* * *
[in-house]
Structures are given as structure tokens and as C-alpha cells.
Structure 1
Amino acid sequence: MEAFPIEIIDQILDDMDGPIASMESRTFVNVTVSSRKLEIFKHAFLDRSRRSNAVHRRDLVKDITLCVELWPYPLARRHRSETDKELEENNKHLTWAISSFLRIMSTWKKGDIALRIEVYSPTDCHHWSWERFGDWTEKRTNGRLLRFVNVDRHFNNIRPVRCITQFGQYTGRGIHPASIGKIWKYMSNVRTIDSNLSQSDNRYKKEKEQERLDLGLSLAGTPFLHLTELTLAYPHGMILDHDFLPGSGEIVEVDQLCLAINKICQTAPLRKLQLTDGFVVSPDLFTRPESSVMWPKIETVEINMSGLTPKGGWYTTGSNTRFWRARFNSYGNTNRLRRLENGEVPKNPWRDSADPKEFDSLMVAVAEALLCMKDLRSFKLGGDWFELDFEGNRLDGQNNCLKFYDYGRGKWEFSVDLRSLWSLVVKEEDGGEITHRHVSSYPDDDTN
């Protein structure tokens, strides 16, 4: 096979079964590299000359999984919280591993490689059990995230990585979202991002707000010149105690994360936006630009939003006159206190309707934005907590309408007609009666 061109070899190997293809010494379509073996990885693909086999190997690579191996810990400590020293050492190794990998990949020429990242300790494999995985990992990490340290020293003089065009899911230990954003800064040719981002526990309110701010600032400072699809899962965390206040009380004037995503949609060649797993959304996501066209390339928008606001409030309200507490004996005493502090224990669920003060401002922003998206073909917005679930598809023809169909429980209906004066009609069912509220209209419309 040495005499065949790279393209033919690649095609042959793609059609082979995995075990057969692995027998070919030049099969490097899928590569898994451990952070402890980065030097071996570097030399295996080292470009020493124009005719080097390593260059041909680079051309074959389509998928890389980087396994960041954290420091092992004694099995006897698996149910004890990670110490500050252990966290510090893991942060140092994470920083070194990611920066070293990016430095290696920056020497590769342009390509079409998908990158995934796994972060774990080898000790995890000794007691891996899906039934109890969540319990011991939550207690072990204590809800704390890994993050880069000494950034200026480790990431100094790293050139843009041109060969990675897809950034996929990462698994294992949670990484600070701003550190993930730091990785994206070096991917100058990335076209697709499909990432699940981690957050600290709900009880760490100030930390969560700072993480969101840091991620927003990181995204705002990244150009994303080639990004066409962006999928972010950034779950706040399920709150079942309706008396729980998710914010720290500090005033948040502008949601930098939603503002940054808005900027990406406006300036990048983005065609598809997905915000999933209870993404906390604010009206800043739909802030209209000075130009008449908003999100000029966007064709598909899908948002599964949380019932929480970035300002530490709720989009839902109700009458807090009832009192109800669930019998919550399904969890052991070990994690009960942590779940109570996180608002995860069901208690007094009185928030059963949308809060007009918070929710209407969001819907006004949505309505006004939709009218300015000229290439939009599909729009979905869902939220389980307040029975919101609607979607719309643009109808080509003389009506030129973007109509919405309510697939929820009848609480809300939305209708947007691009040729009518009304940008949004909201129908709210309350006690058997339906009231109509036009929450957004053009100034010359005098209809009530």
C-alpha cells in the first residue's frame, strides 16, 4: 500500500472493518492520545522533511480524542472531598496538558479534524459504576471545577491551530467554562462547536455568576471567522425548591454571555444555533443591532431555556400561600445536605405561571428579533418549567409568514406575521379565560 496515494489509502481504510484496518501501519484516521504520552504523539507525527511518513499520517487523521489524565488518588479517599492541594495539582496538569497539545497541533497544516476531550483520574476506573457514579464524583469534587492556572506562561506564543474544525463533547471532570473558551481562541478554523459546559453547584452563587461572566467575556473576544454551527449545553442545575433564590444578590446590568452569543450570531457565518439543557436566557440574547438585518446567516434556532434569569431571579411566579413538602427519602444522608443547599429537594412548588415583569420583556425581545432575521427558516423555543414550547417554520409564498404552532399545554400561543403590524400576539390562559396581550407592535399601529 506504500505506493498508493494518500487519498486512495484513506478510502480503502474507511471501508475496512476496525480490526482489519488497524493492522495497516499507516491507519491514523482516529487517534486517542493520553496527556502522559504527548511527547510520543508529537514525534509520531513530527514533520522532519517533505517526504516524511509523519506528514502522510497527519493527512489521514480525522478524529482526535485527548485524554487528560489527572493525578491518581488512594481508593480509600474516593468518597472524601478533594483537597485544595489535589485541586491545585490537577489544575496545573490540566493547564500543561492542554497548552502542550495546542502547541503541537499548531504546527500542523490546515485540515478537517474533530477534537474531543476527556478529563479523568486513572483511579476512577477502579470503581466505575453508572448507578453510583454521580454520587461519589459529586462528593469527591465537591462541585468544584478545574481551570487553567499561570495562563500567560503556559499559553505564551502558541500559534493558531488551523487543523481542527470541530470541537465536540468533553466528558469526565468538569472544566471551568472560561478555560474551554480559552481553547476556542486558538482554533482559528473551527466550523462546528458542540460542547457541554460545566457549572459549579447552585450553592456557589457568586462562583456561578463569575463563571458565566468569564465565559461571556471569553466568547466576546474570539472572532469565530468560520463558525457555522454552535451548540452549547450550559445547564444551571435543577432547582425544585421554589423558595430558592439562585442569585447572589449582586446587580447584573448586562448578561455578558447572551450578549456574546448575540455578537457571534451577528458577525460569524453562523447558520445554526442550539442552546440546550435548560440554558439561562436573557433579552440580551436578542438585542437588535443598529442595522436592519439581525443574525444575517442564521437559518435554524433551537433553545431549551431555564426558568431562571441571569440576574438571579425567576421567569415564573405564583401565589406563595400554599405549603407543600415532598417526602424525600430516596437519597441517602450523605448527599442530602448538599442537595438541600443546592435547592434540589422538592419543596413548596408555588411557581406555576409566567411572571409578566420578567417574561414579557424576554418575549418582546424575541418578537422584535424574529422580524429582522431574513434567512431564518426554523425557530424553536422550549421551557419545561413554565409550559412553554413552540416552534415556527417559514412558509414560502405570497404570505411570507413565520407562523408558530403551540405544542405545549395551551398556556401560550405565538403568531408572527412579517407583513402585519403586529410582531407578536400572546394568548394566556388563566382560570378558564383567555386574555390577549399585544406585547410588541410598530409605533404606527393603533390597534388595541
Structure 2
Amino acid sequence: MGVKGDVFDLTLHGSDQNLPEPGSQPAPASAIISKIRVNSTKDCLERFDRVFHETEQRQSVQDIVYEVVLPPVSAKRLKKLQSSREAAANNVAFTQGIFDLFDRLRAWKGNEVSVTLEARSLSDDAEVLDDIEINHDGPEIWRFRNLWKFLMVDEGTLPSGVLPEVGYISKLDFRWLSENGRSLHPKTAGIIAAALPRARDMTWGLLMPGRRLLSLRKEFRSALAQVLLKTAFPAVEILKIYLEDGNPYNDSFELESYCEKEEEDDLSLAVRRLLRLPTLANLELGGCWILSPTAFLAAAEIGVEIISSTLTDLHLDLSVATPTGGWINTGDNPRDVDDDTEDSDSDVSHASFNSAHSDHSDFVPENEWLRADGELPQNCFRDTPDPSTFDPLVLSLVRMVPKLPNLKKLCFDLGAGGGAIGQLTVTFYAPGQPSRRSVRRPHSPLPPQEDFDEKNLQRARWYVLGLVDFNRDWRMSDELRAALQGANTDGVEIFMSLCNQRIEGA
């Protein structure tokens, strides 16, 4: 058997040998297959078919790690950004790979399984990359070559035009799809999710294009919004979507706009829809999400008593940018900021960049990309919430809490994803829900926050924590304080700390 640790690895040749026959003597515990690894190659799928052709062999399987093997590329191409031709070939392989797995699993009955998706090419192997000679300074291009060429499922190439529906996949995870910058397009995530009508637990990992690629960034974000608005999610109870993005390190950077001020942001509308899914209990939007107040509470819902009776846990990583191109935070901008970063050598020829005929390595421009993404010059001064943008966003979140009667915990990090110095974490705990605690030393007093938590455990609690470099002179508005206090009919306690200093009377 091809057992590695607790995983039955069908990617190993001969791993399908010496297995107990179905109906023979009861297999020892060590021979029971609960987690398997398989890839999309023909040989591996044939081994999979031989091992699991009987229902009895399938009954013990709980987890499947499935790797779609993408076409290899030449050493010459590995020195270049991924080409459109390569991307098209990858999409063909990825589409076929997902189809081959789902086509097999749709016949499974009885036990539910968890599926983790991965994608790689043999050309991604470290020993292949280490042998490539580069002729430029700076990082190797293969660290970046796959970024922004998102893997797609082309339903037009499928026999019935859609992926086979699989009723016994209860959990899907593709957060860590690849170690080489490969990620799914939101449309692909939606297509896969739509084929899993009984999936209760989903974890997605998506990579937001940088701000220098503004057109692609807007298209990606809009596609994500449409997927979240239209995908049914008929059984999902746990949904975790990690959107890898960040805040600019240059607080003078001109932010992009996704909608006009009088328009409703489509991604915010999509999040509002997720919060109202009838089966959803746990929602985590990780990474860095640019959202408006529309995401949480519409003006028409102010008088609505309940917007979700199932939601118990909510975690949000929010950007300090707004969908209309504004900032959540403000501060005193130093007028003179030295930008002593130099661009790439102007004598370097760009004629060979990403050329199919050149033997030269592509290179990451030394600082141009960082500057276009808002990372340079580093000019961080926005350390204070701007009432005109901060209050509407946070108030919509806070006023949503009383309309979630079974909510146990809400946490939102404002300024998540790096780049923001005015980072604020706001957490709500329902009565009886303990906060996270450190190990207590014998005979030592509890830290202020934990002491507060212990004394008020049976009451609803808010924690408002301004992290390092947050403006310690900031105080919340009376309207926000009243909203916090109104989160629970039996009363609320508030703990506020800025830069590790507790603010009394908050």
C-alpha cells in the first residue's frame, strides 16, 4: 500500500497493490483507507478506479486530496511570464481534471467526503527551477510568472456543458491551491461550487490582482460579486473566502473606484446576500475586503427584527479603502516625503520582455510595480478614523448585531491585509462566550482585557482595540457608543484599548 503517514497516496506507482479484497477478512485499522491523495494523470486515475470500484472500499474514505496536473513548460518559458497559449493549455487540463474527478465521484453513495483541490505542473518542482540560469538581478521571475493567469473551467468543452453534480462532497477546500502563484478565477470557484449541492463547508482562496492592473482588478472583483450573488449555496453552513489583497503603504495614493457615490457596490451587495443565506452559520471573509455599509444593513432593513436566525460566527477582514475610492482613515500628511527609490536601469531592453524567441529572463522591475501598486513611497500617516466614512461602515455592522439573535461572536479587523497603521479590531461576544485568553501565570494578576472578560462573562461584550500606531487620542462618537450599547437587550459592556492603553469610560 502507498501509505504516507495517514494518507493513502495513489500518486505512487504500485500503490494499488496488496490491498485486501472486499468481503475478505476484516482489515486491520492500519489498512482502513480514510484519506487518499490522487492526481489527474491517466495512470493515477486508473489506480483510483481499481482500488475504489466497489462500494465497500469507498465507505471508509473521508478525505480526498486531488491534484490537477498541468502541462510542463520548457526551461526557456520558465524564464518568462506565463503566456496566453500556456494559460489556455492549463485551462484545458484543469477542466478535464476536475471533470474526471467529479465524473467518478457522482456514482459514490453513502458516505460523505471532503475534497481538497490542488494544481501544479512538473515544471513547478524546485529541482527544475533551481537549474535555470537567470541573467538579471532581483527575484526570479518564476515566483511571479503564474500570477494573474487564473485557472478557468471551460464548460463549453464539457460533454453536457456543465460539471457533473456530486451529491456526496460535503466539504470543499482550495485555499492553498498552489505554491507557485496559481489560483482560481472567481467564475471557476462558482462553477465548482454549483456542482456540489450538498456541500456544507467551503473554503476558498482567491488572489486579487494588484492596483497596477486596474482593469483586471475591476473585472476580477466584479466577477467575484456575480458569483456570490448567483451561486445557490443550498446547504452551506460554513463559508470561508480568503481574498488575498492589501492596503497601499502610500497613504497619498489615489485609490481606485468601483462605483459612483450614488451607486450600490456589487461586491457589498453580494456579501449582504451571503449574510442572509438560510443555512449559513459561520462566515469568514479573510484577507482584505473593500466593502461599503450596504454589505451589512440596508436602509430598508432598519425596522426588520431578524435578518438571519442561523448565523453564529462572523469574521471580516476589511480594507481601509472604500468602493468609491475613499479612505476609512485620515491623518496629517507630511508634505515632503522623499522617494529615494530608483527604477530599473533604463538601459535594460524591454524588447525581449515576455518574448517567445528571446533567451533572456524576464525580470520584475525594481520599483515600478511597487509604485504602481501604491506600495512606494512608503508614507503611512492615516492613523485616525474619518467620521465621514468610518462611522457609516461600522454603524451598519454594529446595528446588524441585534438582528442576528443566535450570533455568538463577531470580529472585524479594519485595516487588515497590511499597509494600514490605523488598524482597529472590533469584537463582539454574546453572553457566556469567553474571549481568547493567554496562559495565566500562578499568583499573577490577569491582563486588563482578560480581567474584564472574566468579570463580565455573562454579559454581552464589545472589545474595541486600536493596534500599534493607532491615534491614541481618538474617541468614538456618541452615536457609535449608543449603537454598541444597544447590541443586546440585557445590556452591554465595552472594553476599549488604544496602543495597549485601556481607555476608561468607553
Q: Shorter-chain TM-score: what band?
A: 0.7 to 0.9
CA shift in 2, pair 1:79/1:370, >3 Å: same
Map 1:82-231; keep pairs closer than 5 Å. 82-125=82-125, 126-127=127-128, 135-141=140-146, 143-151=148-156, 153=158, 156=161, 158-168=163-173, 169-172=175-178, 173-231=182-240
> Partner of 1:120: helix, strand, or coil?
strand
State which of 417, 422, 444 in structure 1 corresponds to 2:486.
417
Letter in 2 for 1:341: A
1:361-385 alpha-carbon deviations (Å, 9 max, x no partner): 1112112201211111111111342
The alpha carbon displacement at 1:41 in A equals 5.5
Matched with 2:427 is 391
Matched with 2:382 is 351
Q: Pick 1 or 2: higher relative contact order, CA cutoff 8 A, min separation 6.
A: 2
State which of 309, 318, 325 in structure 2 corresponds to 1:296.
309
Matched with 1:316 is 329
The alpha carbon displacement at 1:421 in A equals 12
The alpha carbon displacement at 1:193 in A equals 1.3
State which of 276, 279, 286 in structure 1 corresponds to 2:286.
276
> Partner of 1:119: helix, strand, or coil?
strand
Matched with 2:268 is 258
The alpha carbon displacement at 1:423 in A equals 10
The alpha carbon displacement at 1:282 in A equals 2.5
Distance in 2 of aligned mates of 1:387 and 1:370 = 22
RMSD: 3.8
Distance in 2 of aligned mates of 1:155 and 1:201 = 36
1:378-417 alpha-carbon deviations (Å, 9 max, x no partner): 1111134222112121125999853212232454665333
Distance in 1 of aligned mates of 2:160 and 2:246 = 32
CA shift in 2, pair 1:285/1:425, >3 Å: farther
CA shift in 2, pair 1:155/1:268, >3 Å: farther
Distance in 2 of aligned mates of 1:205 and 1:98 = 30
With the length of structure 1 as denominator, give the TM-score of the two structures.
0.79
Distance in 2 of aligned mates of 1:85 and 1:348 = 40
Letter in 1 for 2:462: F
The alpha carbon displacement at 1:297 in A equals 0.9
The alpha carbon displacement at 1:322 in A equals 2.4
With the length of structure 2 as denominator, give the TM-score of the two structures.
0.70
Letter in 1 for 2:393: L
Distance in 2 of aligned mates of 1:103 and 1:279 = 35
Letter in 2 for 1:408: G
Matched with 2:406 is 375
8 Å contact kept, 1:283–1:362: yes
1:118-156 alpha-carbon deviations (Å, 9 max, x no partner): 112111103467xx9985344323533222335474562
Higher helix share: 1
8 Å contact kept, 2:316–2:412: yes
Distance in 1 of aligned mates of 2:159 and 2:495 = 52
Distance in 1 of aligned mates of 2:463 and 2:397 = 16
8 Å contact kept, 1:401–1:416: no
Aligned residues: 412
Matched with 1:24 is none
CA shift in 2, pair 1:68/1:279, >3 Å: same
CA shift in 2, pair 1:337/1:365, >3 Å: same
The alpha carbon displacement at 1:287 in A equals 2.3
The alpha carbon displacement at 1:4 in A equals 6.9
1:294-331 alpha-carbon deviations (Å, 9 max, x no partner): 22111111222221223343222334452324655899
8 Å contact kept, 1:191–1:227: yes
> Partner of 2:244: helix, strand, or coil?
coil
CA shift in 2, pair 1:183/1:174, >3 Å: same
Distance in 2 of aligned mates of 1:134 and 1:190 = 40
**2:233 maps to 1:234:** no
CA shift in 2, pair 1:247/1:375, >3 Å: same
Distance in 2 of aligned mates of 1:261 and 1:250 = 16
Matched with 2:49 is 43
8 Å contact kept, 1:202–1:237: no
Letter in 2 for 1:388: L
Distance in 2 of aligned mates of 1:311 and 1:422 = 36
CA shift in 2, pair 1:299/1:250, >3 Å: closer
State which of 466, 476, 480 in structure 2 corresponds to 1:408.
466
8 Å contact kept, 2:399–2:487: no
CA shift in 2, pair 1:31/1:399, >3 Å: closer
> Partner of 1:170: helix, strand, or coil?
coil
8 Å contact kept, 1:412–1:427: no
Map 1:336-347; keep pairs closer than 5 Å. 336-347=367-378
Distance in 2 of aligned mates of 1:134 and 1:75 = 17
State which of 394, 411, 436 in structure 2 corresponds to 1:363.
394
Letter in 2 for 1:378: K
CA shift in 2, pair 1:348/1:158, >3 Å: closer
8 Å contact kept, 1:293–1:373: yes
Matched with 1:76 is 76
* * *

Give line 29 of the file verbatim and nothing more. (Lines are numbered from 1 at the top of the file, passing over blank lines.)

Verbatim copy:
The alpha carbon displacement at 1:421 in A equals 12